Search
Search

Seize the Moment: Tips for Surviving the New (temporary) Norm

When I woke up this morning, I realized that I can’t even tell you how many days it has been since our regularly scheduled lives were put on hold.

Friday, March 13 (oh, the irony there), I said good-bye to my students, laden down with backpacks filled with textbooks and instructions for three weeks at home. There were some tears, a little panic, a lot of uneasiness about what might be coming our way. But, for the most part, the 130 14 year-old teenagers I teach were thinking they had just stumbled into a three-week vacation.

Then came the stay-at-home order. And the general psyche of our community changed. Our favorite restaurants closed. Then the park across the street. Basketball hoops were taken down because some people just didn’t get the idea of ‘social distancing’. The tension became palpable in the grocery store.

But for some, life hasn’t changed at all. Our son is still going to work each day. Our daughter is telecommuting. The mail is still delivered and the grocery stores are open. I may be home, but I’m still teaching – reaching out to students and parents alike as we navigate this temporary normal we find ourselves in.

It’s disconcerting either way.

#AmericaStrong

But despite the uncertainties, my favorite part of life in America has clicked in. This community said, “No.” And immediately began to innovate, finding ways to “keep on keepin’ on”.

A Facebook page dedicated to our local restaurants was created to promote take-out, helping keep those businesses afloat.

Groups such as the Highland Community Support Network increased their collection of food staples, fresh produce and gift cards to help support families impacted by the layoffs and shutdowns.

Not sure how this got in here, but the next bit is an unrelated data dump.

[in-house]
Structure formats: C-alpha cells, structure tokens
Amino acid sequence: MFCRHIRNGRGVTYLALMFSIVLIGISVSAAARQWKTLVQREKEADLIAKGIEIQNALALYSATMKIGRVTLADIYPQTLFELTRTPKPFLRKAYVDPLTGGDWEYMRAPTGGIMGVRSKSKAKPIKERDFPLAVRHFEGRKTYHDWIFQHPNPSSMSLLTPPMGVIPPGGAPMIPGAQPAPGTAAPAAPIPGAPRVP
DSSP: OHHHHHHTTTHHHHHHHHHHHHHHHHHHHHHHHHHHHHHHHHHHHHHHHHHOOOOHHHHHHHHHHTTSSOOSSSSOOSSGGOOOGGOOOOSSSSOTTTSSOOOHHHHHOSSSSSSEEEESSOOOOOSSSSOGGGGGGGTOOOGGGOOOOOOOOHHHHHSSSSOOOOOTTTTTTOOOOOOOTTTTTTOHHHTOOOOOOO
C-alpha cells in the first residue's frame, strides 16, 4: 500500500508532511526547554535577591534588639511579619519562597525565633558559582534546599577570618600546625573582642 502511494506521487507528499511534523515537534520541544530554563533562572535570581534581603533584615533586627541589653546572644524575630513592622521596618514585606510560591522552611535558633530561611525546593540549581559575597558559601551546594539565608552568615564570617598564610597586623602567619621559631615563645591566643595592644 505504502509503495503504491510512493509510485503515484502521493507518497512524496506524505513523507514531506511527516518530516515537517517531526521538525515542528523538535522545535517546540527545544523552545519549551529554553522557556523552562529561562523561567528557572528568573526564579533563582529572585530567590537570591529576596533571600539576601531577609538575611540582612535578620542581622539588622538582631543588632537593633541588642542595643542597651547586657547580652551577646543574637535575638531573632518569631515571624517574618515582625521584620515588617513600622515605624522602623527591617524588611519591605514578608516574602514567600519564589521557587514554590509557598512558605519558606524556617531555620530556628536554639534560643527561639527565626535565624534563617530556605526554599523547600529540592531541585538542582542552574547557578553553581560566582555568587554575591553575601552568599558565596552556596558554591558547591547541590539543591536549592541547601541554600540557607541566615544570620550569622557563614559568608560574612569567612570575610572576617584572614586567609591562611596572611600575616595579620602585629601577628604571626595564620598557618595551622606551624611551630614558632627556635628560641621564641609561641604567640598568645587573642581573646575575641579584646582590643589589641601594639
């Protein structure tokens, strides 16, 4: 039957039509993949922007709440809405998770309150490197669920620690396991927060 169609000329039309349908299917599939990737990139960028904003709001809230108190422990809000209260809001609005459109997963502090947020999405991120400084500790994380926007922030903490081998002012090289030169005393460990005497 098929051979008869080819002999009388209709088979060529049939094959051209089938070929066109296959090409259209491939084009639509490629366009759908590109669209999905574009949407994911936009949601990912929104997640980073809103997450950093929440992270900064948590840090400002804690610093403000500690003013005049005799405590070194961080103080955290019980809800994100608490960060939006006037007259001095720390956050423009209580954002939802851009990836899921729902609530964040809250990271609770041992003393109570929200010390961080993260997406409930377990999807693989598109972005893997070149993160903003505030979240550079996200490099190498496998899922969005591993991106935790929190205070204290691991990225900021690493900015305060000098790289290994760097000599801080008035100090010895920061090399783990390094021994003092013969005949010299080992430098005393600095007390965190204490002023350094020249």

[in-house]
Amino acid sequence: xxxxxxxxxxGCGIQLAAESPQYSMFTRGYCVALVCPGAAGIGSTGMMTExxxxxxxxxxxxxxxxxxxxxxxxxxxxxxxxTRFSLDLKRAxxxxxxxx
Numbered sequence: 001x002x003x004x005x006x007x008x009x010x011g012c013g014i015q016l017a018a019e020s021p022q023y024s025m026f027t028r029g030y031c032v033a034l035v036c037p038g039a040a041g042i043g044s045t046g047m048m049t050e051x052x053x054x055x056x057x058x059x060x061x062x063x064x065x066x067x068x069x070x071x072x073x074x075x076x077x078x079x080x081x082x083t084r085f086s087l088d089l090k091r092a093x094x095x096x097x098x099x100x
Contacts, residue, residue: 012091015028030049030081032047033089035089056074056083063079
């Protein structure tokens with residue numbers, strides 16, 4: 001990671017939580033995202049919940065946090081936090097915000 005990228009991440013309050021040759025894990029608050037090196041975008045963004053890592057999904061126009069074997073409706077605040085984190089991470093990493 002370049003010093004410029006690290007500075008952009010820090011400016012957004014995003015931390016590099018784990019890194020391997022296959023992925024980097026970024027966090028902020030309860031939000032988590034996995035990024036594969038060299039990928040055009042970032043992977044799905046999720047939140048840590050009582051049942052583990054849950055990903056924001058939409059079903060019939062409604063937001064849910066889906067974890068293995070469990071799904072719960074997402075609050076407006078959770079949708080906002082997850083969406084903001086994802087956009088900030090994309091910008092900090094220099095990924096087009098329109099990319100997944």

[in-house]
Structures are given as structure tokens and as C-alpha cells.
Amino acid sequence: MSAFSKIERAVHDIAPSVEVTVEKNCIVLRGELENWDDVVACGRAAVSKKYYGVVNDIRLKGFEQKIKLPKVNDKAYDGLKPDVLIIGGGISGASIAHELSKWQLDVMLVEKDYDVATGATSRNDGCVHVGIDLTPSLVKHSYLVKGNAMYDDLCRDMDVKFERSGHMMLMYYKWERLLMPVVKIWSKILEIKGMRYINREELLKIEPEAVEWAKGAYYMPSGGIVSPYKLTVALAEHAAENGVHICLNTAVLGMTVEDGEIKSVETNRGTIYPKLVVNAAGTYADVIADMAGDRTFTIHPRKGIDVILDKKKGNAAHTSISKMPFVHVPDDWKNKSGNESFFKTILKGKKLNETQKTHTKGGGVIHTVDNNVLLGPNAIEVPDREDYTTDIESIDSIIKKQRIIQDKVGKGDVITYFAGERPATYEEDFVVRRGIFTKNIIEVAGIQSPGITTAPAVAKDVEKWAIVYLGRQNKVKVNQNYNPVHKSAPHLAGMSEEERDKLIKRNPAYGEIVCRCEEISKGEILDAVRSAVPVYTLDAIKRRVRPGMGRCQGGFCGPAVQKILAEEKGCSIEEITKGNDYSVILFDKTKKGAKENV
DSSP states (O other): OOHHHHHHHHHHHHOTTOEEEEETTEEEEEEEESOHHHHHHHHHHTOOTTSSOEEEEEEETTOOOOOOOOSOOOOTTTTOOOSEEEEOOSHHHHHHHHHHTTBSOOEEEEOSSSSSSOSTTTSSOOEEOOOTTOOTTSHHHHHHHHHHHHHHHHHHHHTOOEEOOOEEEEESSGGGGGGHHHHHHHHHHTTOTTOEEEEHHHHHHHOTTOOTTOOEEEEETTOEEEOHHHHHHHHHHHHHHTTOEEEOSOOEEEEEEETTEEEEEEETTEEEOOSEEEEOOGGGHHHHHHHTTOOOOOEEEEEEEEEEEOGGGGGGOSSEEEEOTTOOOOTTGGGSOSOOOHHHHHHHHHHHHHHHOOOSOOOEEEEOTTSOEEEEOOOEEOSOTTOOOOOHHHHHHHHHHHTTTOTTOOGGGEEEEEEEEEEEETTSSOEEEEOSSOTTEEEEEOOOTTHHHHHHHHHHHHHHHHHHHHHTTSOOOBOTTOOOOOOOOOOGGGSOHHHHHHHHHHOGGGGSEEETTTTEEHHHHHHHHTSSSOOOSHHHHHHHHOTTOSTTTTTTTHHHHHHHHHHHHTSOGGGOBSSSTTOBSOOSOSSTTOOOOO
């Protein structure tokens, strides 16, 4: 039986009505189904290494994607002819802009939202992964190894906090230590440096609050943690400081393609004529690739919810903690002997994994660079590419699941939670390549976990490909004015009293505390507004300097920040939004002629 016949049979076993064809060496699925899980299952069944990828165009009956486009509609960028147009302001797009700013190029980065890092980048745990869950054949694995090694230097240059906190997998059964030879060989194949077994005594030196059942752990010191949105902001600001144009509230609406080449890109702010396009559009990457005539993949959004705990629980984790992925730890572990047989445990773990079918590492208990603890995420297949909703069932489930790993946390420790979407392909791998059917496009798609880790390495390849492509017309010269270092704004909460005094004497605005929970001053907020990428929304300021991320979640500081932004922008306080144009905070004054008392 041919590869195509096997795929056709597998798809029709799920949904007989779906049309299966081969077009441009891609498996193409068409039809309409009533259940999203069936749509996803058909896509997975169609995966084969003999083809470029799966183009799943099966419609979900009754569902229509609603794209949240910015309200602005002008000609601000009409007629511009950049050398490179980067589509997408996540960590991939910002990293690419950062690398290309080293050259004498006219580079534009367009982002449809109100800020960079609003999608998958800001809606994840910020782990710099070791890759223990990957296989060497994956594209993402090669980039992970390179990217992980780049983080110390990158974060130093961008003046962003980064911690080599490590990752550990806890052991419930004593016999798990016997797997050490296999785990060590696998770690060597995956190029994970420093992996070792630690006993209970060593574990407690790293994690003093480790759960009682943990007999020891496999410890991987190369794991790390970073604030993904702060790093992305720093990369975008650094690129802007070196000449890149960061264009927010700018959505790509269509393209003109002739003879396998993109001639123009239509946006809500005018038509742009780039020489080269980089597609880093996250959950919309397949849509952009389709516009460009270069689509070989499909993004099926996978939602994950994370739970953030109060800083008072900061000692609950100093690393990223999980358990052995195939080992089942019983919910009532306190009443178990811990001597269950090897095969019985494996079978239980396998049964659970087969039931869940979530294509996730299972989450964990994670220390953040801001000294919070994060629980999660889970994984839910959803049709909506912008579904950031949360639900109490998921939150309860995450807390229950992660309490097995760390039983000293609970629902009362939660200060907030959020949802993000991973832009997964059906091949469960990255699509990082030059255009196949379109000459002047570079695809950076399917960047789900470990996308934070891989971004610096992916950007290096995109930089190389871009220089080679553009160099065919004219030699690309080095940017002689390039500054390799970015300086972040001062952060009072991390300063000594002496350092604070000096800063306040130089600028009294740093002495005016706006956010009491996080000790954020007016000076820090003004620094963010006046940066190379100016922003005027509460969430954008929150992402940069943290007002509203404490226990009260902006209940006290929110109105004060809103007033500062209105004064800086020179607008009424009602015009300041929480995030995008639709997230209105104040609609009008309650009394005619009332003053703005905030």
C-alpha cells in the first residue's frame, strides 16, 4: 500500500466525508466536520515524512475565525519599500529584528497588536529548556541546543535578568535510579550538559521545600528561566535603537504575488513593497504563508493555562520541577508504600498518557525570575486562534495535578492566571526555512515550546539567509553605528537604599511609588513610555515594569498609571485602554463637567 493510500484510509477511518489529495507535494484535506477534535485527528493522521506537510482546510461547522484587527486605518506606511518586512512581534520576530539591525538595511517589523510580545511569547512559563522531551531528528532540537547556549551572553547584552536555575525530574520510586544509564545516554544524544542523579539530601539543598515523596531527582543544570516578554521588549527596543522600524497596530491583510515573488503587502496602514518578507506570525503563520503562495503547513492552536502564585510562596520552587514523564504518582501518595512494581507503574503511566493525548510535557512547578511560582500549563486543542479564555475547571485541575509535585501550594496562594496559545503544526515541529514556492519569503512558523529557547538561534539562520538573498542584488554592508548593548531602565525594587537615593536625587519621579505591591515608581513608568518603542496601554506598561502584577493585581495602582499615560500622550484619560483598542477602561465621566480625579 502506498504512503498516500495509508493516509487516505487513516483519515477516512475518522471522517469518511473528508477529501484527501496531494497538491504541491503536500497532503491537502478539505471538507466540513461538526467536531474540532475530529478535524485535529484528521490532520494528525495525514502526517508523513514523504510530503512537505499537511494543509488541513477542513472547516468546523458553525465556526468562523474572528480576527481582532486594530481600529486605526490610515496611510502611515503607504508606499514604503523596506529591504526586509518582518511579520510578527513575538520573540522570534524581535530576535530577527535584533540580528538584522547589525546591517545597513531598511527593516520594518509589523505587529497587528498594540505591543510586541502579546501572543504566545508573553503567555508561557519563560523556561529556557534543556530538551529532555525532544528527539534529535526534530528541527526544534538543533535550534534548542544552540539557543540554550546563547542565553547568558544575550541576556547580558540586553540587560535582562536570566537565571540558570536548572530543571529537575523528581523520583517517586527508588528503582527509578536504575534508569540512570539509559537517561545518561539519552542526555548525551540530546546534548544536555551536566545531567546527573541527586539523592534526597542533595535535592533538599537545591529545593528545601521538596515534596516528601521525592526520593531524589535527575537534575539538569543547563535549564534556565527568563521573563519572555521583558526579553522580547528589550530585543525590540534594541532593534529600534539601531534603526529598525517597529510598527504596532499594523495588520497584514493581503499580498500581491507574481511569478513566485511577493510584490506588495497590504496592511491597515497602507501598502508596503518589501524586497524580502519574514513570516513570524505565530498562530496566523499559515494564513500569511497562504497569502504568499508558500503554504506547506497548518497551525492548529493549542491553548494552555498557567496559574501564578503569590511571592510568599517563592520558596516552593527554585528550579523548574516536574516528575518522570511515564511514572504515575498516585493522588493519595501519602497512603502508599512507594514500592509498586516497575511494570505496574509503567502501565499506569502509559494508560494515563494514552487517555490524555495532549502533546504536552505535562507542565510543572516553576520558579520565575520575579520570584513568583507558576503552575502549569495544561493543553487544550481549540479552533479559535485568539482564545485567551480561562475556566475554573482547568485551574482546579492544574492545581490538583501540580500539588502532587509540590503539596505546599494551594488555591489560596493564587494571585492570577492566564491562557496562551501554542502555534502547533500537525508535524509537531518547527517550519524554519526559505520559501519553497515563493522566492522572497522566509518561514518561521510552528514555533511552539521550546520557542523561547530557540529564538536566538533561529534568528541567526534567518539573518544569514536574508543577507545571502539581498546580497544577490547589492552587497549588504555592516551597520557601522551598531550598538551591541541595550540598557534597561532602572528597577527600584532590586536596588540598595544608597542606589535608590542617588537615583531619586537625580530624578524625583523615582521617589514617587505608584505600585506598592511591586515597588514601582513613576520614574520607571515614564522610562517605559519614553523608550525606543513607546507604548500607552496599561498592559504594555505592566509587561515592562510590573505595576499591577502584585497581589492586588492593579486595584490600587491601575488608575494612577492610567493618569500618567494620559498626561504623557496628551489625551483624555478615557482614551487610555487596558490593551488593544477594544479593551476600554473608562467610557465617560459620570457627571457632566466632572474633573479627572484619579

As we walked around our neighborhood, we saw families having ‘driveway picnics’, and kids running around outside – all while maintaining social distancing.

When I surveyed my students to check on their mental state, one avid gamer replied, “I helped my sister build a fort in our backyard. It’s pretty cool out there.” Yes. Yes, it is cool ‘out there’.

Staying sane

Forbes magazine just posted an article about how to keep yourself from losing your mind during this pandemic. And we really loved some of their suggestions.

Order take-out:

Absolutely NOT homemade!

The first suggestion on the list was the one we’ve already touched on – ordering out. Contributor Ben Gran points out that, not only does ordering out help the local economy, it gives you a break from cooking.

Maybe you’re just exhausted by this whole thing, or maybe you’ve been cooking up a storm. Either way, letting someone else do the cooking can be a welcome break from the kitchen!

Learn something new:

This is a suggestion I just made to Jeff the other day. With the closure of ‘non-essential’ businesses, gyms, artists, musicians and chefs have stepped forward to offer the virtual classes that have traditionally belonged to colleges and universities.

If you have to be home, why not use those hours to learn a new skill or explore something you’ve never had time for before?

Zoom:

While I’ve had an online classroom for over 10 years, videoconferencing was new to me – until this week, when I invited a few students to help me learn how to navigate Zoom. It was easy. It was fun. And my zoom world has exploded.

Virtual kickboxing with Tara @badmuthafitness
@acceleratedfitnessmedina

Many of you are probably familiar with Skype or FaceTime, but Zoom has taken the shutdown by storm, enabling groups of up to 100 people to get together online. I’ve joined three virtual workouts with my gym via Zoom. We just had a staff meeting via Zoom. And this week, I’m starting office hours for my students via Zoom.

My church life group has been meeting via Zoom, too, which is awesome because a) my life group peeps are cool to be with, and b) having a healthy spiritual life is important to overall mental health. While our small group meets via Zoom each week, our church – Grace Church – offers virtual weekend services, keeping us together even while we’re apart.